I don’t intend to devolve into a chasm self-pity but that seem to be the trend lately. Instead of bucking the trend, I might as well go with the flow. With that in mind, I’ll remind the reader that yesterday my road bike resorted to auto-cannibalism and ate its own rear derailleur, taking the hanger as a dessert.

While I was quite put out by that whole fiasco, by the evening I had managed to gain some perspective. Since Le Plastique was out of commission, I set out to finally get the Redline into wet weather commuter mode. I got out the clamps and wrestled the Schwalbe Marathon Plus 28mm tires onto the rather narrow Rolf Vector Comp rims. The rear tire went on with some sweat and very minor swearing.

With the lessons learned from the rear tire, I managed to wrestle the front on in record time — perhaps five minutes. Now time to pump it up. Let’s try 90 psi. Okay. Pull off the pump head and psssssssssss. You guessed it, the valve stem came off with the pump head. Vicious cursing ensued.

Okay, regroup. I’m not done. The tire comes off rather easily, I get another tube, and get the whole thing back together with some more sweat and a few clamps. Pump it all up and gingerly remove the pump head from the valve stem … so far so good.

Now to put the bike up on the repair stand. Rear wheel goes on and spins fine. What’s this? The bottom bracket feels like got glue in it, not grease. Still, it will work for a few days until I can replace it. But where’s the right side pedal? Oh yeah, I scavenged it for the Mercxk after its pedal body separated from the spindle before my stroke race. That’s no biggie either.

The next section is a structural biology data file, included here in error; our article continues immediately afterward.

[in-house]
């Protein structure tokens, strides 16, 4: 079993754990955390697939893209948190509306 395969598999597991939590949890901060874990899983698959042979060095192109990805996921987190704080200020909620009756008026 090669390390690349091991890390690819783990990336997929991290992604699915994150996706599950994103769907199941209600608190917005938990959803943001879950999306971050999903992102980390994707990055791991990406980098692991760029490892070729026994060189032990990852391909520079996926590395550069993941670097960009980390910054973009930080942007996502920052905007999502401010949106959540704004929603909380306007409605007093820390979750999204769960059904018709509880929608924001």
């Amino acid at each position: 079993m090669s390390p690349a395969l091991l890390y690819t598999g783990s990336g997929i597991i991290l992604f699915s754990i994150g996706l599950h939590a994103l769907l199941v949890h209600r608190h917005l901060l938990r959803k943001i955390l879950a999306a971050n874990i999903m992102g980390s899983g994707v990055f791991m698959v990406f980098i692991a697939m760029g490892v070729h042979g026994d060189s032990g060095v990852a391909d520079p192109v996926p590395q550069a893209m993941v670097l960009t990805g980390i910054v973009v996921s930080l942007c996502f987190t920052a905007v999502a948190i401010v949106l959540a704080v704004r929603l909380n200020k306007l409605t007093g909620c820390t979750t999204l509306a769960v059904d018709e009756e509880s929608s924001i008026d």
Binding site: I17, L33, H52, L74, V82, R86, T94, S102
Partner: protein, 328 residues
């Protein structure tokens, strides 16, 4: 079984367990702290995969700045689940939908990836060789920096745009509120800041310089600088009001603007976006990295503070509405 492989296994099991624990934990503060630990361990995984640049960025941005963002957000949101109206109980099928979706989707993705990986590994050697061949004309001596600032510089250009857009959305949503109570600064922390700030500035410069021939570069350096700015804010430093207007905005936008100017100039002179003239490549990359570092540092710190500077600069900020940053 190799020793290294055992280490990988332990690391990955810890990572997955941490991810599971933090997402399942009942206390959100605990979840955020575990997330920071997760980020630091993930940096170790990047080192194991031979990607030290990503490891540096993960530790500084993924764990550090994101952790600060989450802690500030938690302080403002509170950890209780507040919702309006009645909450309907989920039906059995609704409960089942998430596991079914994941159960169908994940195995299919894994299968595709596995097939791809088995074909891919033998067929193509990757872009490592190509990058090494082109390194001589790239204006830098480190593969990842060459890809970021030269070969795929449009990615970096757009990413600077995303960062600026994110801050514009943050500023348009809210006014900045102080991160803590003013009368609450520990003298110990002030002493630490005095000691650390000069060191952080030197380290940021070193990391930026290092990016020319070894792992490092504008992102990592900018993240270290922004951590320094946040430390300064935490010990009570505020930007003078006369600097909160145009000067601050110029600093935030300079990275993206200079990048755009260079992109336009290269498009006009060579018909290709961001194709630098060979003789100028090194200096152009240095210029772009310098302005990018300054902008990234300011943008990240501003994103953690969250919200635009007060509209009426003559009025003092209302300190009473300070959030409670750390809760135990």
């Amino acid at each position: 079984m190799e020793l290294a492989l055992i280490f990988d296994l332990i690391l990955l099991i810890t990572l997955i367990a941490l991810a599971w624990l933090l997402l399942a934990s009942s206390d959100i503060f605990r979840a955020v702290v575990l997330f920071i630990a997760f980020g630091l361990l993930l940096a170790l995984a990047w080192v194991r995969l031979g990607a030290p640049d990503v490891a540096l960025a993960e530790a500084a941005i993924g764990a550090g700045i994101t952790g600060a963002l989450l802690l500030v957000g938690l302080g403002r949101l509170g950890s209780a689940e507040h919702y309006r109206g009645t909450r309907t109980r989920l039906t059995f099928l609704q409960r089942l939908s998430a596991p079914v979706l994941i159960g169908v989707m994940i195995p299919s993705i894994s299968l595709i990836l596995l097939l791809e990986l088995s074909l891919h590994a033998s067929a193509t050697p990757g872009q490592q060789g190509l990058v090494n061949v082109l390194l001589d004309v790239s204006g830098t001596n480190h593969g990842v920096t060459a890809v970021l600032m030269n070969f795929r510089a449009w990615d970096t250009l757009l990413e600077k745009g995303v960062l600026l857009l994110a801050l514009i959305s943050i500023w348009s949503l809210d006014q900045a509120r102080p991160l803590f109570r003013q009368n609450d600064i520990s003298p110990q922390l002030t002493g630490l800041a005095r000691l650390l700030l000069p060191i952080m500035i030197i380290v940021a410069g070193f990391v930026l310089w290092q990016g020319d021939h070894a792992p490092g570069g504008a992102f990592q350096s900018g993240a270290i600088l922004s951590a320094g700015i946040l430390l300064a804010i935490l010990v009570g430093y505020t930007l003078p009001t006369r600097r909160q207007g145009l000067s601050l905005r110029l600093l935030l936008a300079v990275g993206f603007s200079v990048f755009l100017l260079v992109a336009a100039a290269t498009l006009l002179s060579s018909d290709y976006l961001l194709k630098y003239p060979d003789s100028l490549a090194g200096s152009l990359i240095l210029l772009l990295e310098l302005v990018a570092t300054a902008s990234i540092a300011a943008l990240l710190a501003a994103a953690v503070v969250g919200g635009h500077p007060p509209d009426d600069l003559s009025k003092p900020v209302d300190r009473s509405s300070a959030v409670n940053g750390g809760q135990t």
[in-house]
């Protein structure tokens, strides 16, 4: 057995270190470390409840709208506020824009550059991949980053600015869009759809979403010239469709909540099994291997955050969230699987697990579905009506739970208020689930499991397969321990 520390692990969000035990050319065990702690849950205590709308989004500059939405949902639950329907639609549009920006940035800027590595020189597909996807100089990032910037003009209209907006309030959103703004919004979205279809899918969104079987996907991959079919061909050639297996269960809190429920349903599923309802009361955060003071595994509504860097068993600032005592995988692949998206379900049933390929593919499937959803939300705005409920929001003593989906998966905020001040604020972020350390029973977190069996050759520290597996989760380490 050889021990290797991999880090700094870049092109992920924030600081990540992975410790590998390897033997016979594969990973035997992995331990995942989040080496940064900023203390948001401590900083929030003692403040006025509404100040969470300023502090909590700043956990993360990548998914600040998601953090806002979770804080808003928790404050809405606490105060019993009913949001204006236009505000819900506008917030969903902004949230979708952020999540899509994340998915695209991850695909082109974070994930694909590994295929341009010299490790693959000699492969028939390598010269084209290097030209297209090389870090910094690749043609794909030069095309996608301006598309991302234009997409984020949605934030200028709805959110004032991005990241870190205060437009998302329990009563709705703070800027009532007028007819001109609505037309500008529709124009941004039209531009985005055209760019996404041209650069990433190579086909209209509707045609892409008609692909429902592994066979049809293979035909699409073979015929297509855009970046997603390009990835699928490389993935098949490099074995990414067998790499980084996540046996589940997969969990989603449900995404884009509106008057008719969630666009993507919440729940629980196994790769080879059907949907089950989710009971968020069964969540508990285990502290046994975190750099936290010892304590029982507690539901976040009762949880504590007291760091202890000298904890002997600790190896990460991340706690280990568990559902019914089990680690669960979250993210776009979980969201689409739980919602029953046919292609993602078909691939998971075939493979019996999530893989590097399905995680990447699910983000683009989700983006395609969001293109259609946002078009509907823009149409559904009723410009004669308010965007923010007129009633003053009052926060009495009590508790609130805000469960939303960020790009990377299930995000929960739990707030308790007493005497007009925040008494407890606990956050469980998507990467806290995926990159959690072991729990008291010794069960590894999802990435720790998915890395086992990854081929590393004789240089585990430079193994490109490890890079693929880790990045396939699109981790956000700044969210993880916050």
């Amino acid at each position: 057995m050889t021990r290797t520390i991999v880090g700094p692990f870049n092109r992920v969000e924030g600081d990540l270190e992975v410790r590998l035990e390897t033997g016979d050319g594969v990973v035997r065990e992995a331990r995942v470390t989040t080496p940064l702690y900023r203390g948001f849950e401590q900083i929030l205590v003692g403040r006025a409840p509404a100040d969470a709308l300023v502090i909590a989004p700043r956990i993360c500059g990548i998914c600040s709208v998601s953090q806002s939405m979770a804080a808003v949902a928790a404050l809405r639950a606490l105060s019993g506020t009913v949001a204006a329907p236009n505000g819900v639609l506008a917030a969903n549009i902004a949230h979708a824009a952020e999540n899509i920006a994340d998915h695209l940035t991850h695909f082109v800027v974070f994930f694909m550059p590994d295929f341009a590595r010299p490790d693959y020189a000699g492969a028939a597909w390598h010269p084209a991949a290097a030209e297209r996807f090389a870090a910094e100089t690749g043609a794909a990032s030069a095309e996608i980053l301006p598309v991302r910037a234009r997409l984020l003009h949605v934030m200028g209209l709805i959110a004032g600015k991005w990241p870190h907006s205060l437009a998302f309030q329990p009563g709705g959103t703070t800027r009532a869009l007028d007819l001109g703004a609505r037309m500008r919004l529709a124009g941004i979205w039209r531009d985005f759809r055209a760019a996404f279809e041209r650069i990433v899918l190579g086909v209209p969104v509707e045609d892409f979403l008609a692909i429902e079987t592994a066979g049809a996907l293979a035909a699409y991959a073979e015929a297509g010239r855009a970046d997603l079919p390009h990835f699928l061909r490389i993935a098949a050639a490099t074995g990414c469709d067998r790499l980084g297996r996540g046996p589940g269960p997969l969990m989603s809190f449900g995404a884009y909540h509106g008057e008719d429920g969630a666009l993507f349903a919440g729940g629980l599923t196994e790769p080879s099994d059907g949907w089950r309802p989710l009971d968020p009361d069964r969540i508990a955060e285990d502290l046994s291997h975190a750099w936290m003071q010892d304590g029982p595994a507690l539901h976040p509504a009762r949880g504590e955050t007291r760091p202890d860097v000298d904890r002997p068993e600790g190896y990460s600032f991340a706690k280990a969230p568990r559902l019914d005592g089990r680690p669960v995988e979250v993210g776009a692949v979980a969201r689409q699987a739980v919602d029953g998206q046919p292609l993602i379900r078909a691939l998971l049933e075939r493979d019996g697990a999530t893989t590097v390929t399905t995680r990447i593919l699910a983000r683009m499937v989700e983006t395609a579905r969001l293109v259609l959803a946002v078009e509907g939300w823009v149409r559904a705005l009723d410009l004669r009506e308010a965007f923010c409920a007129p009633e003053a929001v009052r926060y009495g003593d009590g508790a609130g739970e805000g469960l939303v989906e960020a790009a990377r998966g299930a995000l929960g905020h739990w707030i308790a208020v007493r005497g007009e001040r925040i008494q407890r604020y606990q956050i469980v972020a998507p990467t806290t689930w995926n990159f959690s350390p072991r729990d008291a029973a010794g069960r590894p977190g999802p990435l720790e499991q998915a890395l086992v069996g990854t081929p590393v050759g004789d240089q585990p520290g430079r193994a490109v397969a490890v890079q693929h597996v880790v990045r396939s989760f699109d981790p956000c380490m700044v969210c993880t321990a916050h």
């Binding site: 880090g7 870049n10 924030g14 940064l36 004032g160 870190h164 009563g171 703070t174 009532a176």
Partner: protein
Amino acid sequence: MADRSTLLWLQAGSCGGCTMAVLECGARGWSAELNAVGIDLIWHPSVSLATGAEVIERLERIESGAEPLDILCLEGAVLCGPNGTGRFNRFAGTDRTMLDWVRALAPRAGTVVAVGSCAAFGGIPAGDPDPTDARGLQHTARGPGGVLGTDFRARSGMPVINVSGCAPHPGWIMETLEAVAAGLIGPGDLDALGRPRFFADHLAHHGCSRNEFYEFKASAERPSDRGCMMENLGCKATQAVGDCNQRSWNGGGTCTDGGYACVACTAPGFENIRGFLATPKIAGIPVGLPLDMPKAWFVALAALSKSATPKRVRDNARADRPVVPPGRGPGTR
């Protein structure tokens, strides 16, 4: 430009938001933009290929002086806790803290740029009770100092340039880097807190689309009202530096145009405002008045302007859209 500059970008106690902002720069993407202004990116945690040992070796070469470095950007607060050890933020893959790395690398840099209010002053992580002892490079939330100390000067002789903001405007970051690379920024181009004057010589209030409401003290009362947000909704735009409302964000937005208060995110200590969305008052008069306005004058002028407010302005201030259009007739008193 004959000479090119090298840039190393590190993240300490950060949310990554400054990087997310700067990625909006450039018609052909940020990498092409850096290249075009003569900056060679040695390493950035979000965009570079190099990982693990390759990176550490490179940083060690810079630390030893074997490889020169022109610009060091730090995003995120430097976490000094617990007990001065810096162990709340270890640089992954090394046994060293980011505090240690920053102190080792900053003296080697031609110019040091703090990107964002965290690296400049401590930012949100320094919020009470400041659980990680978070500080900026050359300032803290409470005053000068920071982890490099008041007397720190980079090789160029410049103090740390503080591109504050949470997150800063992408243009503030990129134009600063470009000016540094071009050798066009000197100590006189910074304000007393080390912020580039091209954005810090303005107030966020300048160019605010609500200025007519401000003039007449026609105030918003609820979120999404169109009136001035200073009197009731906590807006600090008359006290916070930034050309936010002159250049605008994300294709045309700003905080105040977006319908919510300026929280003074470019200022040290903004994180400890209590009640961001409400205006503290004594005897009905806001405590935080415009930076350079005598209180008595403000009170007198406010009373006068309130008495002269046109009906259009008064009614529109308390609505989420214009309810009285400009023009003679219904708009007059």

Now for the front wheel. What’s this? Low pressure? You have got to be kidding me. Slow leak, I guess. Must have pinched it while mounting the tire. Now I’m done. Won’t be riding for a couple more days.

Then I went in and tried to print some invitations for my daughter’s birthday party and found that MS Word had somehow uninstalled itself and wanted the product key. I had no idea where that product key was. However, my internet peeps came through and suggested OpenOffice. Twenty minutes later, I had that installed and another thirty minutes and a bunch more cursing, I had the original Word file massaged into an acceptable format to print using OpenOffice.

Then I went to bed.

At least the commute to work (in my car) wasn’t too bad.

3 Responses to “Stiff tires”

  1. brian johnson says:

    Sounds like you need Kool-Stop’s tire bead jack.

    The old Campy Omega Strada rims on my old (and only) road bike HATE any sort of tire and refuse to play well. The Campy rims seem to have a special sort of hatred for Continental tires.

    I’ve broken numerous tire levers– even Quick Sticks! — and sprained thumbs trying to mount tires to these rims. I would frequently pinch flat the tube with a tire lever. Fixing a flat in my shop is seriously a 15 minute job. On the road? I sit down and take my helmet off… I ain’t going anywhere soon.

    The tire bead jack is a burly tool that give no quarter to the wretched Campy rims. KA-POW! That tire is mounted.



  2. Brooke says:

    It’s not that they are hard to get over the rim. It’s that they are practically impossible to get the bead to stay hooked on the rim. Getting the second side started is the tricky bit. As long as I use a couple of wood clamps, I can get them on in short order now. I just hope that I never have to change a flat. That’s what they are for anyway.

  3. gewilli says:

    word on those marathon plus tires… g-damn they are hard to put on, and i’ve been doing the impossible clincher install for years… think yhose old Trek Single track rims hard to put on…

    esp when you put them on a set of open pro rims only to find that they are taller than the plain marathons and that bike can’t use em and you have to switch them all back and then try to get them on a CPX21 rim. At least they seem more or less bullet proof… just wish they wore as well as conti rubber does/did…

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